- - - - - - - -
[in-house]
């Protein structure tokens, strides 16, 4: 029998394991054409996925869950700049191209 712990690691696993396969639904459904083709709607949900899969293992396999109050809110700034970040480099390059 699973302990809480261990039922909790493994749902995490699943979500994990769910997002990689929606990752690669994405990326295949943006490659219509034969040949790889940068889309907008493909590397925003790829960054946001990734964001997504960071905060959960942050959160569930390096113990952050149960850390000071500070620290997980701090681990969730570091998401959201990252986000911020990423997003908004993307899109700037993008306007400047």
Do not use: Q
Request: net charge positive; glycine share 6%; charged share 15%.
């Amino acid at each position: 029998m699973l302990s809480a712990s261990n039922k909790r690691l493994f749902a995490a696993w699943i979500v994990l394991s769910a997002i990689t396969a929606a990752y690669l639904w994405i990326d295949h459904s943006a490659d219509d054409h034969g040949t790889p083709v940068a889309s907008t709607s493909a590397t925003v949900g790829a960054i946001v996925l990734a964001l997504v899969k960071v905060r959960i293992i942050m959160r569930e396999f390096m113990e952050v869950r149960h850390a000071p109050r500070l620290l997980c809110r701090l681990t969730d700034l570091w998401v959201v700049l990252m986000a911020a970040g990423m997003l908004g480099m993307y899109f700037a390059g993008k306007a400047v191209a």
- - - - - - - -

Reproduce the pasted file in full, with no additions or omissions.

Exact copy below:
[in-house]
């Protein structure tokens, strides 16, 4: 029998394991054409996925869950700049191209 712990690691696993396969639904459904083709709607949900899969293992396999109050809110700034970040480099390059 699973302990809480261990039922909790493994749902995490699943979500994990769910997002990689929606990752690669994405990326295949943006490659219509034969040949790889940068889309907008493909590397925003790829960054946001990734964001997504960071905060959960942050959160569930390096113990952050149960850390000071500070620290997980701090681990969730570091998401959201990252986000911020990423997003908004993307899109700037993008306007400047």
Do not use: Q
Request: net charge positive; glycine share 6%; charged share 15%.
């Amino acid at each position: 029998m699973l302990s809480a712990s261990n039922k909790r690691l493994f749902a995490a696993w699943i979500v994990l394991s769910a997002i990689t396969a929606a990752y690669l639904w994405i990326d295949h459904s943006a490659d219509d054409h034969g040949t790889p083709v940068a889309s907008t709607s493909a590397t925003v949900g790829a960054i946001v996925l990734a964001l997504v899969k960071v905060r959960i293992i942050m959160r569930e396999f390096m113990e952050v869950r149960h850390a000071p109050r500070l620290l997980c809110r701090l681990t969730d700034l570091w998401v959201v700049l990252m986000a911020a970040g990423m997003l908004g480099m993307y899109f700037a390059g993008k306007a400047v191209a």